Now back to today.... The day started at 5:30 in the morning as we hustled to pack our gear, load the bike and gear in the car and have breakfast so we could leave for the ferry by 6:30.
We left about 6:40. Larry was driving (because it was his day to drive.) Joan was directing from the DRG. Joan said to go under the freeway then turn right. Larry saw some riders turn sooner so he followed them. That took us onto a freeway leading out of town. We turned around and got on another freeway which took us out of town in another direction. Finally we got off the freeway and followed signs to "City Centre."
As we were driving, we passed through riot areas from the night before. Lots of smoldering fires in or alongside the road. Lots of barrier debris in the roadway. Many burned-out cars. It was quite an eye-opening sight. We got through the riot areas safely and made it onto the ferry on time.
The Stena Lines ferry took us to Stranraer, Scotland, landing about 9:30. WE'RE IN SCOTLAND! HOME OF THE GAME OF GOLF. WILL I HAVE TIME TO PLAY?? PROBABLY NOT. )-: NO TIME
Lisa, Joan and I hopped onto our bikes and started down the route. We agreed that Larry should pick us up around 3-3:30 so we could all go in and get lodging lined up.
What a beautiful biking day this was! The route pretty much followed the ocean. We went through ocean-side meadows with the mountains bordering close by. The weather was perfect -- warm sun, cool air. The climbs were long but moderate. The downhills were long, gentle and smooth -- which means FAST for tandems. We LOVED it!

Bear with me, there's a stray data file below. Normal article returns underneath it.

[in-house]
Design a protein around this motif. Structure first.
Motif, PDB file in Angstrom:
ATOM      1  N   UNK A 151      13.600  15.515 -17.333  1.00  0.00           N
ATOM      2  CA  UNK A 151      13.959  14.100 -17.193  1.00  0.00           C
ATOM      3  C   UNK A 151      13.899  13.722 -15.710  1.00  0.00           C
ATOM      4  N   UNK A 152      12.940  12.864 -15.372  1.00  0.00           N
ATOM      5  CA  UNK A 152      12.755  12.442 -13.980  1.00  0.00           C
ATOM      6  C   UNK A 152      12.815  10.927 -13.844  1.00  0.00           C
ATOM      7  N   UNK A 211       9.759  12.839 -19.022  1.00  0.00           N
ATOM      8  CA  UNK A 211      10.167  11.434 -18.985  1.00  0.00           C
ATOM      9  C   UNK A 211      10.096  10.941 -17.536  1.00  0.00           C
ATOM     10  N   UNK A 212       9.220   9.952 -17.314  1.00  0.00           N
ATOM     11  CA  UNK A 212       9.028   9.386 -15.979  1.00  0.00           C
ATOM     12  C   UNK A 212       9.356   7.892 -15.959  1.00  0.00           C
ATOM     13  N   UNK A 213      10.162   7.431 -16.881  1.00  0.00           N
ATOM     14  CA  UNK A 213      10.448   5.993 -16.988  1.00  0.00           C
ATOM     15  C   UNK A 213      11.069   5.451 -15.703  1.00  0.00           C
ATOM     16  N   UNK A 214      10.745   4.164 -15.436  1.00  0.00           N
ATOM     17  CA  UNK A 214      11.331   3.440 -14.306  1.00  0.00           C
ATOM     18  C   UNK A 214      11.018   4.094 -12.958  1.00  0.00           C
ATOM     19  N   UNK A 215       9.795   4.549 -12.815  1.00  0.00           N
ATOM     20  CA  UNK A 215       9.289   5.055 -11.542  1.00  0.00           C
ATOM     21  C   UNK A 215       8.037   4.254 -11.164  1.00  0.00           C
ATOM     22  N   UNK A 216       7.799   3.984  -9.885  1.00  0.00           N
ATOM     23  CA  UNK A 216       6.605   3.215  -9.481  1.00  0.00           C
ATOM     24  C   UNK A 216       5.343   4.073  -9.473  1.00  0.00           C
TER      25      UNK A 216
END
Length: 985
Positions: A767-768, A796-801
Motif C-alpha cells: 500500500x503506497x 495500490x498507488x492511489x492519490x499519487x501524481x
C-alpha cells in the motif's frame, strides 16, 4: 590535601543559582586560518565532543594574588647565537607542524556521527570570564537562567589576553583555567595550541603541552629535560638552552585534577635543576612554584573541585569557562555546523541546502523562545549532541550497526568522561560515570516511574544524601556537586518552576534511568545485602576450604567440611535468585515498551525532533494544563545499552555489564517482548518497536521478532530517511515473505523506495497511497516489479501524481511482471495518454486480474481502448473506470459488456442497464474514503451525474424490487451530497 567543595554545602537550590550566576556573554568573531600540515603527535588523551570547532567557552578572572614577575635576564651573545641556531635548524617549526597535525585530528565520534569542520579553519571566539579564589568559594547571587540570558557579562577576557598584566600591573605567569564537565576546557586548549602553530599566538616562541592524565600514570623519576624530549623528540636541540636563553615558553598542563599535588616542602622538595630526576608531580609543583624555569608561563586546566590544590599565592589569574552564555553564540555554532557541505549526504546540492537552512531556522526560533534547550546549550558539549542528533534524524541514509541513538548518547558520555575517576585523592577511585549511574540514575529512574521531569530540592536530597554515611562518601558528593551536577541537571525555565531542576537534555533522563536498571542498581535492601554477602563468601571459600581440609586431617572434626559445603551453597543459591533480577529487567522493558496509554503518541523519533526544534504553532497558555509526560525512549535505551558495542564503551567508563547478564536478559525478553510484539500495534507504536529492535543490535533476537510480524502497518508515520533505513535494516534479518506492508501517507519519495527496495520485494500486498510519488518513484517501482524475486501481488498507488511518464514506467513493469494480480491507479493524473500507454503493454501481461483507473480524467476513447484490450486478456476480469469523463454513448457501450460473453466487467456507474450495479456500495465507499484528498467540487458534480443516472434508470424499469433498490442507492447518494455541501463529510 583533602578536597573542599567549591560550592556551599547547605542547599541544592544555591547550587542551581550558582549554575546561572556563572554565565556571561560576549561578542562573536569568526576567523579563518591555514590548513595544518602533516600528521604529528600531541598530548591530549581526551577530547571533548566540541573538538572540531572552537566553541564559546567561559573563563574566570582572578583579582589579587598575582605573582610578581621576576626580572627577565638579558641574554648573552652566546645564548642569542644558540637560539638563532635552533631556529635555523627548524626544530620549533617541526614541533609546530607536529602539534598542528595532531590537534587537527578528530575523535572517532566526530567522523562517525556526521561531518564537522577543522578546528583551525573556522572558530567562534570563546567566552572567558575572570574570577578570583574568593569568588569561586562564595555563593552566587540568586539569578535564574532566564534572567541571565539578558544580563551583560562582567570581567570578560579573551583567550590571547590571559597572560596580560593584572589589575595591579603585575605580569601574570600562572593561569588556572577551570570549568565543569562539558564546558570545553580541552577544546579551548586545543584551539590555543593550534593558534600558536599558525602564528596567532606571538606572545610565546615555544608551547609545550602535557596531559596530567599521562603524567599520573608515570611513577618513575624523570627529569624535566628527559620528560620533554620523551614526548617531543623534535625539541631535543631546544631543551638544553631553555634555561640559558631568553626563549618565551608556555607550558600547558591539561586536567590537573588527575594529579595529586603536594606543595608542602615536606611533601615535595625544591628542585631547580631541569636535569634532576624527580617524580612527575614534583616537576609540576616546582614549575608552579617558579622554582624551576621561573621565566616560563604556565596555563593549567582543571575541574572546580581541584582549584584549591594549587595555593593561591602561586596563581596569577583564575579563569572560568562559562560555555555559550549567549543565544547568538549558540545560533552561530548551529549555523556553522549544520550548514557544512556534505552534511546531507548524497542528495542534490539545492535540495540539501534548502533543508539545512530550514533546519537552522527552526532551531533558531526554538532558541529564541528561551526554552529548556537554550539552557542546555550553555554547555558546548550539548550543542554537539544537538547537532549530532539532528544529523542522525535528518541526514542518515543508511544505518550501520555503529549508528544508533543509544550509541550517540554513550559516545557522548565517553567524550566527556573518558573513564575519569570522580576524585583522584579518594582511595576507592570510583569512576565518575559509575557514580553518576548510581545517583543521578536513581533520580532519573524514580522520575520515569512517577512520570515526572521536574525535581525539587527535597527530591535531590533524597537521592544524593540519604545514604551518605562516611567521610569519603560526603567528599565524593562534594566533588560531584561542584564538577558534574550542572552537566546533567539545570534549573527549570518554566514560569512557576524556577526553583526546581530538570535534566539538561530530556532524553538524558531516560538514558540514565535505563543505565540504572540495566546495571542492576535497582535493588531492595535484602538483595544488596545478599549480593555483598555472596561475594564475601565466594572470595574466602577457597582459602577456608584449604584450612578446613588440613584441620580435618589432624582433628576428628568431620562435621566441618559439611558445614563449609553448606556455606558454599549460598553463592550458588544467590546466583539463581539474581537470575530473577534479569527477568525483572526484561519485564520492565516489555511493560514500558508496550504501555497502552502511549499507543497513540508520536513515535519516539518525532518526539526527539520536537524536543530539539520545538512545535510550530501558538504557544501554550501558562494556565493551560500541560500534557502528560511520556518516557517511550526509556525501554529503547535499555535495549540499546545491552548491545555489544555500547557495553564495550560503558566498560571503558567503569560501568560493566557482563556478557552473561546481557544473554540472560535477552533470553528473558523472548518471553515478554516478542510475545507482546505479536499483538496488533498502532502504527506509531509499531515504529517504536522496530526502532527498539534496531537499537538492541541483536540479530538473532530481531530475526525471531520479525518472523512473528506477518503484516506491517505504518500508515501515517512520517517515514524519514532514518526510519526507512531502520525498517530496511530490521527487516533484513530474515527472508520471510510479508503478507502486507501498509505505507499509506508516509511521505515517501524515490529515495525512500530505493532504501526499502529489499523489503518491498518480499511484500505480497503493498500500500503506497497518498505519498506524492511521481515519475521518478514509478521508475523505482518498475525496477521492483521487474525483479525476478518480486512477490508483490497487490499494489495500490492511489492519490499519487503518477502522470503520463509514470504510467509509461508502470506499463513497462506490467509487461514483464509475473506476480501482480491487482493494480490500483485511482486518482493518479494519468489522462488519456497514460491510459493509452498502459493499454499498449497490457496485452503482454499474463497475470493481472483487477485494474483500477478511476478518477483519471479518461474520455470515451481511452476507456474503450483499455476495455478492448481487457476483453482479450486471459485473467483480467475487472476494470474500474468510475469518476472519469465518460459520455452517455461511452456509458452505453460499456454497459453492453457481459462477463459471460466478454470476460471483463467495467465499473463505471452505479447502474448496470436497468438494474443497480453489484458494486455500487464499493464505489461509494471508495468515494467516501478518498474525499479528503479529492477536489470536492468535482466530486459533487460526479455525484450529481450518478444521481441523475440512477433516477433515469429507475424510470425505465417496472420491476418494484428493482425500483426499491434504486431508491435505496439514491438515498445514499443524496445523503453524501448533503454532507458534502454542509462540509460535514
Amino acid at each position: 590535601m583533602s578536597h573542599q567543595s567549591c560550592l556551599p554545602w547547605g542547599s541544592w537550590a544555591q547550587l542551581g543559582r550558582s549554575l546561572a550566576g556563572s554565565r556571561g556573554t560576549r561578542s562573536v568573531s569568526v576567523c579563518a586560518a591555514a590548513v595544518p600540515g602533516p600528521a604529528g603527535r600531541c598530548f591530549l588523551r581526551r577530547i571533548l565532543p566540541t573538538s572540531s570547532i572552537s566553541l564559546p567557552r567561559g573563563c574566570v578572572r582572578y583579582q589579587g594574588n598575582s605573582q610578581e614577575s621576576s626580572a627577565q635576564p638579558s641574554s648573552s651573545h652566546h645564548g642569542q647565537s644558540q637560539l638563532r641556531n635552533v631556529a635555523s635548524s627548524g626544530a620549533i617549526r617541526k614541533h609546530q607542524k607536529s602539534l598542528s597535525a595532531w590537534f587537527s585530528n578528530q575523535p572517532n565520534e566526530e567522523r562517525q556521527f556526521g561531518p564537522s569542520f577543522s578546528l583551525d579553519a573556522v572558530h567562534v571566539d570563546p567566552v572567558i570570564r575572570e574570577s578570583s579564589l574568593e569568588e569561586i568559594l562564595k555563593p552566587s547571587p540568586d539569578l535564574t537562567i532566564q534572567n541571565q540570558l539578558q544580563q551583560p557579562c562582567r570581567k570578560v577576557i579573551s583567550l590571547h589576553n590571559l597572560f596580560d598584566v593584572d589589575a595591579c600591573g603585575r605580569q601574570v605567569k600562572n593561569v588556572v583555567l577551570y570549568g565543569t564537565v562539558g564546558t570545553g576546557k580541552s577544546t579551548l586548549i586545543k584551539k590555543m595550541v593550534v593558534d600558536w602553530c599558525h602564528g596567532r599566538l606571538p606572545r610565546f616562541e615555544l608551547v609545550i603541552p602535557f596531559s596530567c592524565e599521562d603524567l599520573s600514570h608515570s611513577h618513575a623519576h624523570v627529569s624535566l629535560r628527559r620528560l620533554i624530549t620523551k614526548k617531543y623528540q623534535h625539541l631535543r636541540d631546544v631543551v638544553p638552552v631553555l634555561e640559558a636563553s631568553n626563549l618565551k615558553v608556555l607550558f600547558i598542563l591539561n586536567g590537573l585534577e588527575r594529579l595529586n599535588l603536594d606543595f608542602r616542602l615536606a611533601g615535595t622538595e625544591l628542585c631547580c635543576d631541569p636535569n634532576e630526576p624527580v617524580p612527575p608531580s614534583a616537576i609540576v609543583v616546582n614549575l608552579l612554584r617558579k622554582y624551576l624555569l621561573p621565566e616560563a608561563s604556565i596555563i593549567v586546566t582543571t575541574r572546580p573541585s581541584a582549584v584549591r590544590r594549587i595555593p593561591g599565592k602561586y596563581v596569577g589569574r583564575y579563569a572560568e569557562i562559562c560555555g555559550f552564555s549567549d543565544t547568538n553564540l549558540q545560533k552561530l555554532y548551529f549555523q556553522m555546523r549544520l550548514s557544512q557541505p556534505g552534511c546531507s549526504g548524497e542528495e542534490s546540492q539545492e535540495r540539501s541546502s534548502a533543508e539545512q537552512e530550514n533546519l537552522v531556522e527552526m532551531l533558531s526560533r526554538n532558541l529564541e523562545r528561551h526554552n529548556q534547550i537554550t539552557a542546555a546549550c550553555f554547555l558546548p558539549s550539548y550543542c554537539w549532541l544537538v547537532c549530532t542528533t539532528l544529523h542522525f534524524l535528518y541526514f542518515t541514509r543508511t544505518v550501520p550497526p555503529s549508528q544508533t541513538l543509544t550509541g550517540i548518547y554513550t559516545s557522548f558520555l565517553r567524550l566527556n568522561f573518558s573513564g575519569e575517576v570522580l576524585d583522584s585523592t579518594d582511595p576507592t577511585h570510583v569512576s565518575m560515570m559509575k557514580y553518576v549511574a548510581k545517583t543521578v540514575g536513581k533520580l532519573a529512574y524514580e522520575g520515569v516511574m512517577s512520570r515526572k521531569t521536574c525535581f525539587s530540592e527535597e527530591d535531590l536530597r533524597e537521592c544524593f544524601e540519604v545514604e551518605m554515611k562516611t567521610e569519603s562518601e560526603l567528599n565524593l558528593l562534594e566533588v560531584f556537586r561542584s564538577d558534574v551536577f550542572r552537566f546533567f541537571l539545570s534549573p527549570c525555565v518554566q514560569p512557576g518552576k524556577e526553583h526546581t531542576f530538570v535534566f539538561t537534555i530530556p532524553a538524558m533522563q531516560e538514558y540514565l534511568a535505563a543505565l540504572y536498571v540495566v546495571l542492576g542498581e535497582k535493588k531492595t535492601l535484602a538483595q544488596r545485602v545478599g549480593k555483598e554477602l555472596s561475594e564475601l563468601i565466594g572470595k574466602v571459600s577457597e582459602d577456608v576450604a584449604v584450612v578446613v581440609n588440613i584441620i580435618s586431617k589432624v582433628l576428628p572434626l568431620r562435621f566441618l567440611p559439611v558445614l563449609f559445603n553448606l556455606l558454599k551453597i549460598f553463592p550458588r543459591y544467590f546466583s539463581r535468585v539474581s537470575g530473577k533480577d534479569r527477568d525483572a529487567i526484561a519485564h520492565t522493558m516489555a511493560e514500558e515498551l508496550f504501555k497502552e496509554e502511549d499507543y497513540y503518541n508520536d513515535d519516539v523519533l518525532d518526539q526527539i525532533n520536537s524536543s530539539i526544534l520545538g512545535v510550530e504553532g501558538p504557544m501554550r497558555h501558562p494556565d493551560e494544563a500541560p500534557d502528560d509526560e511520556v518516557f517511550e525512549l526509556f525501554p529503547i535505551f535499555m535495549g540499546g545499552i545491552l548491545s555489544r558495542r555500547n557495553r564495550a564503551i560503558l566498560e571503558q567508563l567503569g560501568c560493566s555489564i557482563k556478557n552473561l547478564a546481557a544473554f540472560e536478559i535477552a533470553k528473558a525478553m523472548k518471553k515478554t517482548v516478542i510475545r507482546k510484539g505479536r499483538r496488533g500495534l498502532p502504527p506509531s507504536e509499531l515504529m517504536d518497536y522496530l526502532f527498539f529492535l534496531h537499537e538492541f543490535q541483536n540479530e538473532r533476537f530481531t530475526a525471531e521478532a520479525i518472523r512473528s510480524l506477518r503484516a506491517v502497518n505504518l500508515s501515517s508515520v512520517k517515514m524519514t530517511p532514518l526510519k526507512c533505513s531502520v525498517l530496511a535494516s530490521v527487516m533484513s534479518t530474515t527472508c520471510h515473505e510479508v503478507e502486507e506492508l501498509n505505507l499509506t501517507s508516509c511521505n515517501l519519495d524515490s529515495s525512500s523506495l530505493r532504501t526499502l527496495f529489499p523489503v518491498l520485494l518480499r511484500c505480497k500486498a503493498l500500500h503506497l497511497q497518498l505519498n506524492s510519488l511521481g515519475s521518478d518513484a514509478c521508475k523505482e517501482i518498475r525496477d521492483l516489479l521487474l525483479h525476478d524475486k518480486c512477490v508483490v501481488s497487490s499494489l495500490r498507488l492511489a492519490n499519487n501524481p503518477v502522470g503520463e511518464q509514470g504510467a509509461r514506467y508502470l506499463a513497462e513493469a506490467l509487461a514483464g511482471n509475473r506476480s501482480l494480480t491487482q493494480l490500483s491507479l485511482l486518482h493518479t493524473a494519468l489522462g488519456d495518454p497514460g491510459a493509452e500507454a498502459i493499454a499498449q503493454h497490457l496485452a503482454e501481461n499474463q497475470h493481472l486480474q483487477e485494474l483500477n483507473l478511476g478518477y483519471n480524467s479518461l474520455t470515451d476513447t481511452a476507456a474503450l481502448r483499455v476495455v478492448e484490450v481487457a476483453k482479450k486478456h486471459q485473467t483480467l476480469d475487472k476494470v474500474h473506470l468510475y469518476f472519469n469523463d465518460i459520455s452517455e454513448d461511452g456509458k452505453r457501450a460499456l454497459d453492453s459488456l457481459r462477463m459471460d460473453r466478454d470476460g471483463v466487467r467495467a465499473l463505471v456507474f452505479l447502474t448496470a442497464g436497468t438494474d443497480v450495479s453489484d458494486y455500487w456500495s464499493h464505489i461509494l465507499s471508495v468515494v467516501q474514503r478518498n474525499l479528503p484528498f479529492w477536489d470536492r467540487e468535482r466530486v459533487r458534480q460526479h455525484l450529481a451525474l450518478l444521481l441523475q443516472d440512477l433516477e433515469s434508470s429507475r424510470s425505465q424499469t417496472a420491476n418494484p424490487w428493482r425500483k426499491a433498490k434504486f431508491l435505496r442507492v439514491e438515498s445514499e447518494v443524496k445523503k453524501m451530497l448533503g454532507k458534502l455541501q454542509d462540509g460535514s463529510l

We finished the ride about 3:30. We checked at the university to see if any dorm rooms were available. It seemed that one person who had the keys was off today. The second had gone home early. The third wasn't due until 8 p.m. We decided not to wait.
But Larry wasn't there yet. He finally pulled in about 5. (He got lost several times, he said.) Joan rode up right after Larry got there. SHE FINISHED THE WHOLE DAY!. (We were all very proud of her.)
We all went to town to get a B&B for the night. We ended up at a really nice Scottish house run by a very Scottish lady named Ann. (There are a lot of "Ann's" and "Mary's" in Ireland and Scotland.) She was a DELIGHTFUL lady.
The entryway of the house had a wall to wall carpet in a red Scottish Tartan Plaid pattern. Two "curling stones" were sitting on the carpet by the phone table.
"Curling" is a Scottish game played on very smooth ice wherein "curling stones" are slide along the ice with the intention that they stop at a desired place. It's kind of like rolling a bowling ball down an alley but putting just enough speed on it that it stops dead right next to a pin without hitting it.
Love to all, David and Lisa